Roger Qbert Reviews “Cats and Dogs: The Revenge of Kitty Galore”
Has there ever been a movie more destined for Wal-Mart’s $5 bin than Cats & Dogs: The Revenge of Kitty Galore? If there has, I’d sure like to see it. On second thought, scratch that. No, I wouldn’t. A sequel to Cats & Dogs, the 2001 film that was a surprise hit. It centered on a world where cats and dogs were locked in a “James Bond-esque” battle for world domination with dogs cast in the role of hero and cats as the duplicitous villains. Kitty Galore (voiced by Bette Midler) is a hairless Sphynx cat bent on obtaining the technology capable of emitting a tone that can cause dogs to turn on their owners. With the lives of both dogs and humans at stake, cats and dogs are forced to unite in order to fight a common enemy.
The first 20-minutes are surprisingly strong for a film of this sort. Nick Nolte (as spy-dog veteran Butch) does a nice, but subtle, send up of 48 Hrs. And the puns (“fighting the war on global feline-ism,” “protecting America from all enemies foreign and domesticated”) are clever as far as puns go. However, the film quickly descends into the same old hackneyed film parodies (James Bond, Hannibal Lector) that have already been done to death while the puns become ever more groan-inducing. The voice-work is scattershot. Some actors have committed, clearly giving the project their all (Katt Williams, Bette Midler, James Marsden) while others are simply phoning it in (Christina Applegate, Roger Moore, Chris O’Donnell). Nolte sounds so out-of-it at times that he’ll probably be surprised to see the movie pop up on his IMDB credits.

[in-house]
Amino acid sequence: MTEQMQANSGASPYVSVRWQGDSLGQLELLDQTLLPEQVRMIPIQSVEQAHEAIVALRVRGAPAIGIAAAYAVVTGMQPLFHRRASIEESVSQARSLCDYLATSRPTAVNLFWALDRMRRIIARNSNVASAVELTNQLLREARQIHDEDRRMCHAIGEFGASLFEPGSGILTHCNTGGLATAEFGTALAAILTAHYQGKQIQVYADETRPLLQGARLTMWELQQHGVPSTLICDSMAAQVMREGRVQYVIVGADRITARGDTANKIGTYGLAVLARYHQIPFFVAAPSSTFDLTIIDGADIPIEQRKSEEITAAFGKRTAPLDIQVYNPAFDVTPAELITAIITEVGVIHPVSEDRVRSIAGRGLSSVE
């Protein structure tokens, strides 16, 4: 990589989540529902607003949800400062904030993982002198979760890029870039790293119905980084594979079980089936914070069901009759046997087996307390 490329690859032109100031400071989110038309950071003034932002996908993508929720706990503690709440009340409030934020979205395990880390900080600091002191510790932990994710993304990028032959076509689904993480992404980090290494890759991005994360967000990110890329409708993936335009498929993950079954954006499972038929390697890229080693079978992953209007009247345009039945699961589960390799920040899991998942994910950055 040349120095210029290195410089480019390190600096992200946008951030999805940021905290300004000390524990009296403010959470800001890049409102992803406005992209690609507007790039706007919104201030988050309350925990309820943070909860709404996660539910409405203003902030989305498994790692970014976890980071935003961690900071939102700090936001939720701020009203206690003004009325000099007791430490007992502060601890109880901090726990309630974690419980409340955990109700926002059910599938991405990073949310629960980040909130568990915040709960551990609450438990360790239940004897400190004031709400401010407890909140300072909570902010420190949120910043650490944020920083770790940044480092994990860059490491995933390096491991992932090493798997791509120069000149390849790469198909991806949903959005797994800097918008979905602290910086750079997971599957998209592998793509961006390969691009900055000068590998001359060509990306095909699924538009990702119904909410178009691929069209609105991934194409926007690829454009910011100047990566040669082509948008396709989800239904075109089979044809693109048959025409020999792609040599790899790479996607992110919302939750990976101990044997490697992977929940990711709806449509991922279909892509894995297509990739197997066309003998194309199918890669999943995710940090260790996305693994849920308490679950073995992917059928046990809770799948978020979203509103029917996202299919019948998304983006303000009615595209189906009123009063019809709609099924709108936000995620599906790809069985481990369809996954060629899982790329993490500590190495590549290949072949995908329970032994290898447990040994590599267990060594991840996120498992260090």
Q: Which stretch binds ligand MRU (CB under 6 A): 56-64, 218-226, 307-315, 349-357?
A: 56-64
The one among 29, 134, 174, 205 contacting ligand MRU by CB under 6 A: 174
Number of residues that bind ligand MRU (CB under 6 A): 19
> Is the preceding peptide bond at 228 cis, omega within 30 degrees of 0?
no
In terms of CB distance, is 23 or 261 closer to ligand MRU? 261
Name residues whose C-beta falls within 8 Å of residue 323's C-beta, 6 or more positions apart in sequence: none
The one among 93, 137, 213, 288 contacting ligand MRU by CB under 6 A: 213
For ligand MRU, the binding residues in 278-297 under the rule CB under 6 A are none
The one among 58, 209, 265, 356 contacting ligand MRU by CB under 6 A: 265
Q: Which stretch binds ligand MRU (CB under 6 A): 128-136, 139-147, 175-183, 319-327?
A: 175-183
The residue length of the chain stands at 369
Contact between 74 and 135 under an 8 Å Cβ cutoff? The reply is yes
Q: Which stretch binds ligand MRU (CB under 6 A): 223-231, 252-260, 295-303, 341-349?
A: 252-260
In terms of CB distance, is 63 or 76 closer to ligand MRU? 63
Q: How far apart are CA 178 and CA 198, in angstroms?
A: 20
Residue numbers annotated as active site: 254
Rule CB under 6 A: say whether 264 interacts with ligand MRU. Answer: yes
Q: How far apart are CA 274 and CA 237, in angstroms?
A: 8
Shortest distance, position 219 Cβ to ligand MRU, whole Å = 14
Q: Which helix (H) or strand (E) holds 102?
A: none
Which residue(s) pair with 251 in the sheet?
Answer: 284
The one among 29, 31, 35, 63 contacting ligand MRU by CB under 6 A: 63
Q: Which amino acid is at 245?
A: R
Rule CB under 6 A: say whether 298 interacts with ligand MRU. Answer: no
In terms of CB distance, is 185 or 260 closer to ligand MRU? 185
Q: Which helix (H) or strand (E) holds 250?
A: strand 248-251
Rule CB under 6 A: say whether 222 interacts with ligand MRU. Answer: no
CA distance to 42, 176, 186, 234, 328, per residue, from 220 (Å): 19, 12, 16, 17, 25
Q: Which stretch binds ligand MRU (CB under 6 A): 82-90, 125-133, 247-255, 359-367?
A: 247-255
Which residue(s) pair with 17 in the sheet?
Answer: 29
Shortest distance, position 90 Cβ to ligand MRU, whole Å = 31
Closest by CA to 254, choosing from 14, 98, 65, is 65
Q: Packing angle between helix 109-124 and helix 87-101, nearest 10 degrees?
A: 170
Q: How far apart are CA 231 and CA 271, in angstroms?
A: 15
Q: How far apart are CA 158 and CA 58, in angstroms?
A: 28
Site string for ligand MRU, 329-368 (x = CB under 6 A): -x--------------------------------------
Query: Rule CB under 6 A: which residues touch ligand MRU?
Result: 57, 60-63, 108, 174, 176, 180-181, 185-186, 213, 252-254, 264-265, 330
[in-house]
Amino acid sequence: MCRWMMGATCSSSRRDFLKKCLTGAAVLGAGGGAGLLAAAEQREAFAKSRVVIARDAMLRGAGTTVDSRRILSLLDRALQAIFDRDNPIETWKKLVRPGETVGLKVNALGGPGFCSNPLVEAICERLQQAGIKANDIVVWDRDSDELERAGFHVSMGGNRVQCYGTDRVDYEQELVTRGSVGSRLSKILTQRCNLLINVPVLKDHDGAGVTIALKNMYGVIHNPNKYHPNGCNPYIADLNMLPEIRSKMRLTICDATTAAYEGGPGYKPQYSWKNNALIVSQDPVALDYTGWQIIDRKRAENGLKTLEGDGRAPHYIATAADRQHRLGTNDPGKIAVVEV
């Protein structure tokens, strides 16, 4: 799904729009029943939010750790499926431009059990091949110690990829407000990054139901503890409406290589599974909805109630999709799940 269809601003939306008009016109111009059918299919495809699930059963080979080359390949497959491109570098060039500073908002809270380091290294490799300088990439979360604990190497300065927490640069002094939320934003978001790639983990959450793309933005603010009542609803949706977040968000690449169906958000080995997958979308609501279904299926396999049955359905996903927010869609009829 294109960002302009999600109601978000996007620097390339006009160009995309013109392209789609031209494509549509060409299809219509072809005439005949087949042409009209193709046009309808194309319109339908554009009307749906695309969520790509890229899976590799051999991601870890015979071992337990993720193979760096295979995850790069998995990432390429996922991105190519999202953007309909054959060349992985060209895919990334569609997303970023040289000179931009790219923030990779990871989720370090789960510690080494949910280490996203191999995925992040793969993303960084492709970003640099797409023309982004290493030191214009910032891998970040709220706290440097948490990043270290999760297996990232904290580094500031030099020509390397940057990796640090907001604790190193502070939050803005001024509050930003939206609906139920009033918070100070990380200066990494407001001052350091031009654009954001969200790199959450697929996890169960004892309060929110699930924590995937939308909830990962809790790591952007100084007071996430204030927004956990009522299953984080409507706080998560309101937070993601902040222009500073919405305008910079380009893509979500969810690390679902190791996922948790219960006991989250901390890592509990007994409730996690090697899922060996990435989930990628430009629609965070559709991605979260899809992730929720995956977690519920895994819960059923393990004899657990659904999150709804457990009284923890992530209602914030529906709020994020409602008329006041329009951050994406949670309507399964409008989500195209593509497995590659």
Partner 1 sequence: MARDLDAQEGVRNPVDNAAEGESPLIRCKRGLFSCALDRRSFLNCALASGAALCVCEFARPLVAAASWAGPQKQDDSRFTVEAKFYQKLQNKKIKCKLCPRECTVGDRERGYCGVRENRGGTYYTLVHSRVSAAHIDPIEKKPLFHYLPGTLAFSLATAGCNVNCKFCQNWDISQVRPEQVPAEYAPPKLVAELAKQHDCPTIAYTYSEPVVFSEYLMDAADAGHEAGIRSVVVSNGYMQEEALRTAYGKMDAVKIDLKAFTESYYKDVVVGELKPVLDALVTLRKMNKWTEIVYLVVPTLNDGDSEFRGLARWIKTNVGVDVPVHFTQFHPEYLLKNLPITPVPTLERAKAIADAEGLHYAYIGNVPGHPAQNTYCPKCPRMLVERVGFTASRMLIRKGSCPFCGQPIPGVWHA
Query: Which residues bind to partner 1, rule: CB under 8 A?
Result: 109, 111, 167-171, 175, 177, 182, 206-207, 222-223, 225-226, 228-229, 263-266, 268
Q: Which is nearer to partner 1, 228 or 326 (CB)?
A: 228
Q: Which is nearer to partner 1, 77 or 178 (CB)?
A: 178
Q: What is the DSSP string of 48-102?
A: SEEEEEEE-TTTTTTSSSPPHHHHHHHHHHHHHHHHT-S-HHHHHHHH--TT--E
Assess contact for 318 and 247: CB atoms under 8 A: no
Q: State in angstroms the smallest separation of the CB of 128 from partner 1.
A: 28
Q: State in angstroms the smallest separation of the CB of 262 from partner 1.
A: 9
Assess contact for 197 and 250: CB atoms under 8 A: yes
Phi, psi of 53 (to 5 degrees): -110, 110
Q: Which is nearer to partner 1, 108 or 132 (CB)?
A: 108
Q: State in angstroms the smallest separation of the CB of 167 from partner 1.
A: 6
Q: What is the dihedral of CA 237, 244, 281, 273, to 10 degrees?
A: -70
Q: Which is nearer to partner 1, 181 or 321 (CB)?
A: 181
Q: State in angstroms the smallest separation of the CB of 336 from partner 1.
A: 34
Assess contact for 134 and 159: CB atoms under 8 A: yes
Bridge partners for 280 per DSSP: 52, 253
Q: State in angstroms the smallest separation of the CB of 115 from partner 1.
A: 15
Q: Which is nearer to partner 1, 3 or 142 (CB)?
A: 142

In the days before CGI, this genre had a certain amount of “Wow Factor” as we tried to figure out just how they got the animals to do the things they’re doing. However, technology has robbed us of even that simple charm. The film is mildly amusing in spots but mostly a tired retread of the original. The younger children will most likely be entertained but you can manage the same feat (at a fraction of the cost) by simply renting the original.
On a side note, attached to the film is a brand new Roadrunner cartoon. It’s a computer animated 3D treat that brings the classic duo into the 21st century. Thankfully…mercifully…blessedly…the short features all of the original versions’ mayhem and, most importantly, violence. Wile E Coyote gets crushed, hit, abused and blown-up repeatedly and it’s a joy to behold. My only complaint was that the short was just that…short. It felt like it clocked in at about 2-minutes. Perhaps it was really that short or maybe it was just that fun…or maybe it was a little of both. Here’s hoping Warner Brothers makes more.[hdplay id=96 width=595 height=375] [hdplay id=96 width=595 height=375]